When I first started weaning, I was super engorged and avoided hugs or any physical contact like the plague. This bad boy helped loosen the blow and keep my ladies in tight so I could focus and not have to feel as much discomfort.
What I learned after my firstborn was born
My little guy was born naturally the first week of March with the guidance and support of my husband, an incredible doula, a wonderful hospital staff, our perfectly (I'm not being facetious) stern doctor, after more than four weeks of early labor.
That's right. Over four weeks before our little man decided to make his debut, he was prepping the sails, revving the engine, and rolling out the red carpet.
Now in case you don't know what that is and think I'm a whiny-baby who was misreading her body's signs because "it's her first time," you can sit down and listen. Yes, this was my first experience with birth. No, these weren't Braxton Hicks. Yes, I was dilating and contracting for four plus weeks. Yes, this is normal. AND, no, you're wrong-- I'm actually really glad it played out like this.
Those four weeks were a gift from God to me. Literally.
I was forced to slow down and skip the gym and any extra exertion and literally prescribed by my doctor to relax and soak it all in. Although the 'sit down and watch TV,' and 'no walks for you,' drove me crazy, it caused me to look at a big truth in the face.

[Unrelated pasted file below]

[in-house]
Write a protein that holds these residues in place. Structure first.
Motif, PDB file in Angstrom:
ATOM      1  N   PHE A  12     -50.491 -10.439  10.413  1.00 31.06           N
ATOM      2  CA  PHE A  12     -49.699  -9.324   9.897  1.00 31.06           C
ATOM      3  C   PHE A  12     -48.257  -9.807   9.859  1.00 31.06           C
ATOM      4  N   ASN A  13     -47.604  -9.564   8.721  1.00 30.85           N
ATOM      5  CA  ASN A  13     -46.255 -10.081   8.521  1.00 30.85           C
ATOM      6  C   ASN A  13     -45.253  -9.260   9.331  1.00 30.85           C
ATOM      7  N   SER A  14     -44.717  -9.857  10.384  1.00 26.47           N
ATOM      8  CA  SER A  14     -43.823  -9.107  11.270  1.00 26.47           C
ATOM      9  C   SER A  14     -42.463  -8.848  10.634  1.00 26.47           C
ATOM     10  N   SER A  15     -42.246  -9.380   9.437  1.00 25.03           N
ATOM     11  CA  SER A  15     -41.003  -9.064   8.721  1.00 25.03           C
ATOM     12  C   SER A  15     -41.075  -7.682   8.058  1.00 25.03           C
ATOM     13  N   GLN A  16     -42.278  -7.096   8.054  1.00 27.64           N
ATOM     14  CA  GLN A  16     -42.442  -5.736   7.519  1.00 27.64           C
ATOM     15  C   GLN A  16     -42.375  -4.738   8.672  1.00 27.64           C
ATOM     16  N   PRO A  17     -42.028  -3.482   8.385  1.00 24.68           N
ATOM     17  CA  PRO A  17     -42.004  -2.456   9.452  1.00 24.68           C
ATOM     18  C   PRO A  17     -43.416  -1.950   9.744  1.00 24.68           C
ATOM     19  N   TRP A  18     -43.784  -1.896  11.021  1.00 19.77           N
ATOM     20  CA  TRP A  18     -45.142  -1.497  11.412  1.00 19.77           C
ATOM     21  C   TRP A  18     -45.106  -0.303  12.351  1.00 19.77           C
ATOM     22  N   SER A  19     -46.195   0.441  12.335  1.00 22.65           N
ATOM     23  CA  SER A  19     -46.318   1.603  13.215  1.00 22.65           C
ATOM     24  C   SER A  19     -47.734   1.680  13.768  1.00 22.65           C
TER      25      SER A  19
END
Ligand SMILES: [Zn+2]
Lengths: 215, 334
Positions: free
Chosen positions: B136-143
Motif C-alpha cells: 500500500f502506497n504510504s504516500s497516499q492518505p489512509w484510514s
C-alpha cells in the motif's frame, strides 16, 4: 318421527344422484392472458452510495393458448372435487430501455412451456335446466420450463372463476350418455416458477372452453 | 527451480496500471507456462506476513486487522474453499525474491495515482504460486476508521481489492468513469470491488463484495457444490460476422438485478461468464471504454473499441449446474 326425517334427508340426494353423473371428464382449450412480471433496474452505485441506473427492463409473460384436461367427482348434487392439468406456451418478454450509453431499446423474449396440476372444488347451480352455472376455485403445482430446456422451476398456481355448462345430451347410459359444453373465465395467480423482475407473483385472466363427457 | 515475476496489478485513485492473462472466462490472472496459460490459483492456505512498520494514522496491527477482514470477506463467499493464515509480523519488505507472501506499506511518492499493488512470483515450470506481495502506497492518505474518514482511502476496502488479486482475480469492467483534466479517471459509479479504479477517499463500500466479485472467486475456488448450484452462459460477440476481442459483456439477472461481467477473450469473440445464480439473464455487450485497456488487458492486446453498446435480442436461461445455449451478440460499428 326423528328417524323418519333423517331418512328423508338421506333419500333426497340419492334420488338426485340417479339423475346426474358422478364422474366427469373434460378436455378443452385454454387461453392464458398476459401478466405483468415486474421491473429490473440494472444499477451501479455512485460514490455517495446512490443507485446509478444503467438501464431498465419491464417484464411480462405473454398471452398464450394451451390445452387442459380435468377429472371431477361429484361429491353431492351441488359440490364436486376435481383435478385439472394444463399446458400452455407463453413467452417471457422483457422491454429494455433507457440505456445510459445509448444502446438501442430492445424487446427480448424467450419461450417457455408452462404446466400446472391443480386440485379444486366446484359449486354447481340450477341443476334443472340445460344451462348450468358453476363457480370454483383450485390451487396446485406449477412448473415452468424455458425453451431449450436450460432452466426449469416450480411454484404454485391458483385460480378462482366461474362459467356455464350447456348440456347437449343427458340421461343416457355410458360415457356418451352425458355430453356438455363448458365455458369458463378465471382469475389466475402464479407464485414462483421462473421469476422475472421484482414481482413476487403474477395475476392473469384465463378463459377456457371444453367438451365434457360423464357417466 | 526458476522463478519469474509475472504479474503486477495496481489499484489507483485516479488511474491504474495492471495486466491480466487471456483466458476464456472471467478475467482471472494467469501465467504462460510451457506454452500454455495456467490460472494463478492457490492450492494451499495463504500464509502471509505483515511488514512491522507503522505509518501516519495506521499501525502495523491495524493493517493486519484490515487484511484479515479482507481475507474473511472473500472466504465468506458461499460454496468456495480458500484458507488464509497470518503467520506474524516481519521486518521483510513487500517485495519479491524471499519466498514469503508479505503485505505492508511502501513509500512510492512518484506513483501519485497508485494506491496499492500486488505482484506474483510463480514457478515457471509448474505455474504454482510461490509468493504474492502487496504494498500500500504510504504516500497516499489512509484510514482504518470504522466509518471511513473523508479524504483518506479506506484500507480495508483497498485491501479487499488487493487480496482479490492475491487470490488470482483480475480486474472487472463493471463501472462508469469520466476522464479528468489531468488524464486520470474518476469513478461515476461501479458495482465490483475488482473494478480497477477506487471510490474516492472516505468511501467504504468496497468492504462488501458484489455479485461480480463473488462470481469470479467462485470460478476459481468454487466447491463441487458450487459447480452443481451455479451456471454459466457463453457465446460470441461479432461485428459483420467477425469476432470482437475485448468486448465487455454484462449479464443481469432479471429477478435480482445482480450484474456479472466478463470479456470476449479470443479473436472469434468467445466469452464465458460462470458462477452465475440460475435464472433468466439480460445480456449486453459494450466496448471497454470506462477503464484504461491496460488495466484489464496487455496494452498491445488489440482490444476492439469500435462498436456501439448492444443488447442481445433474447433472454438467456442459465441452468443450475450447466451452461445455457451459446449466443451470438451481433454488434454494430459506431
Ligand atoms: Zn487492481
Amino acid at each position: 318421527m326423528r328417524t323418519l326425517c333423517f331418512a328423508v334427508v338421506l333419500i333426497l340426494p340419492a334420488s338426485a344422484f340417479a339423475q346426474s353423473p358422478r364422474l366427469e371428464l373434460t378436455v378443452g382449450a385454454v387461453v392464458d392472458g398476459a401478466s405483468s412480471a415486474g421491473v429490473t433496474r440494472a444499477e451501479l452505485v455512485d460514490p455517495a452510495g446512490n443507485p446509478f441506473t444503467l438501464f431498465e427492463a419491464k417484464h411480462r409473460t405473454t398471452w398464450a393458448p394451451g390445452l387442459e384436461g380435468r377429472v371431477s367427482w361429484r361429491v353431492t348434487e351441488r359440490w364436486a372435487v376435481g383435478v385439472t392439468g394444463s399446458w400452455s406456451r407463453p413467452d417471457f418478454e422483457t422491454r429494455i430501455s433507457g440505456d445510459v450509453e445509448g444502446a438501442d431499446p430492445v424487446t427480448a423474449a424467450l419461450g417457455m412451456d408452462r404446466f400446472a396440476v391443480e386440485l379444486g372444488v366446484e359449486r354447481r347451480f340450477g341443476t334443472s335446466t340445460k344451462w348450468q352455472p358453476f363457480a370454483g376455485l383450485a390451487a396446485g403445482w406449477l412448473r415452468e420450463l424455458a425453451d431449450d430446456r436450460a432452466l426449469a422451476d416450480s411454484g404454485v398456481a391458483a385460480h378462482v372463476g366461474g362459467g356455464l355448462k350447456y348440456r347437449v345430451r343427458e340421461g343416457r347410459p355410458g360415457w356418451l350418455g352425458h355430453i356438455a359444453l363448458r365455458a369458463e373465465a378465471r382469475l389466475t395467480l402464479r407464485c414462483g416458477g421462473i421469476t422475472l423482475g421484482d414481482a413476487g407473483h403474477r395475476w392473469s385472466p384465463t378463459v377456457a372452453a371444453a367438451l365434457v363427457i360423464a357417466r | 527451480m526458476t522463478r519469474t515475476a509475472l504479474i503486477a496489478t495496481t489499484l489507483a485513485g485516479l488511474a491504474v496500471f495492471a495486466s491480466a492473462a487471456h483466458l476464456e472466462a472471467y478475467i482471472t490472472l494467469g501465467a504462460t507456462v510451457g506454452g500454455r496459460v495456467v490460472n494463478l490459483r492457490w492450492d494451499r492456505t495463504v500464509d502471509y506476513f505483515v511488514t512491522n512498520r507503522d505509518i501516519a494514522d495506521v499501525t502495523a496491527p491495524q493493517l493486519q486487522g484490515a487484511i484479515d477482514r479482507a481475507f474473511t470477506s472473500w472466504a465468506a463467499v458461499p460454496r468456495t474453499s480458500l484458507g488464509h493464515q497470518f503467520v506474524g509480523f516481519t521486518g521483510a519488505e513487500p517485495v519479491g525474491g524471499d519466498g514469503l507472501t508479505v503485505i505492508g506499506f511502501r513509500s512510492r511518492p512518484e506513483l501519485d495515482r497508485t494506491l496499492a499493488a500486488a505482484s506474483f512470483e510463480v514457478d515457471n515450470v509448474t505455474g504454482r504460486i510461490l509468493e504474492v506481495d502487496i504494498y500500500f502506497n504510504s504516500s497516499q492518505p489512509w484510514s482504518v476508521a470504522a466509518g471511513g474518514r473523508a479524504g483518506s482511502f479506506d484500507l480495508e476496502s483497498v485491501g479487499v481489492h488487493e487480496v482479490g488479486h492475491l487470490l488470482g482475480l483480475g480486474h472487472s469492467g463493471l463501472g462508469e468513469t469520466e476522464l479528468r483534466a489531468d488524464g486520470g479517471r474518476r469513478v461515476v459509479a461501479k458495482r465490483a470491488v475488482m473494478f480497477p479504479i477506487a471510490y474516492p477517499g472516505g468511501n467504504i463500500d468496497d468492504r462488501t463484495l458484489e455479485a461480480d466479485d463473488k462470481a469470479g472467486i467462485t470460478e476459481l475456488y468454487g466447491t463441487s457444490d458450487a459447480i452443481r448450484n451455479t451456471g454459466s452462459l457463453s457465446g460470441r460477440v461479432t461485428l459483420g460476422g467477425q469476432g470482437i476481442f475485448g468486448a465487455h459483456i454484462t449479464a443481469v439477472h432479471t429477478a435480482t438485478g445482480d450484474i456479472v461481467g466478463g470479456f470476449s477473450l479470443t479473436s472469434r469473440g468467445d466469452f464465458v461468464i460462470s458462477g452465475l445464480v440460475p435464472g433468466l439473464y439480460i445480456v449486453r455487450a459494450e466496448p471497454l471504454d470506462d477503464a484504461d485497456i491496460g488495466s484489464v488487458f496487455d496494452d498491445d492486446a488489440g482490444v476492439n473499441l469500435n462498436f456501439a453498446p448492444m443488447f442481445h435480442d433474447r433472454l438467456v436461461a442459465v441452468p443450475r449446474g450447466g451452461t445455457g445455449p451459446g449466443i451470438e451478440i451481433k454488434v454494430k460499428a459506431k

Birth will happen to you no matter how much you walked, crunched, lifted, or stretched.
You see, I had it in my head that I would do my best to have a natural labor, but that I should also be in great shape to make that a possibility.
That's just not the case.
If given the opportunity-- and barring any medical concerns-- your body, no matter its 'in shapeness' will do its job as its medically able.*
Truth: When you have children, you'll do things for them that you would usually wait or reconsider pre-kid. Now, you'll take care of business regardless of the when, where, why, and how. I mean, have you heard of the Nose Frida?! (I digress)
Today's small photoblog is focusing on just that... All the weird places I've pumped to make sure my kid has food. Please note that I've laughed through all of this because what else do you do? The first photo was taken SECONDS before the lady in the stall next to me farted. I mean, guys. Humor comes first.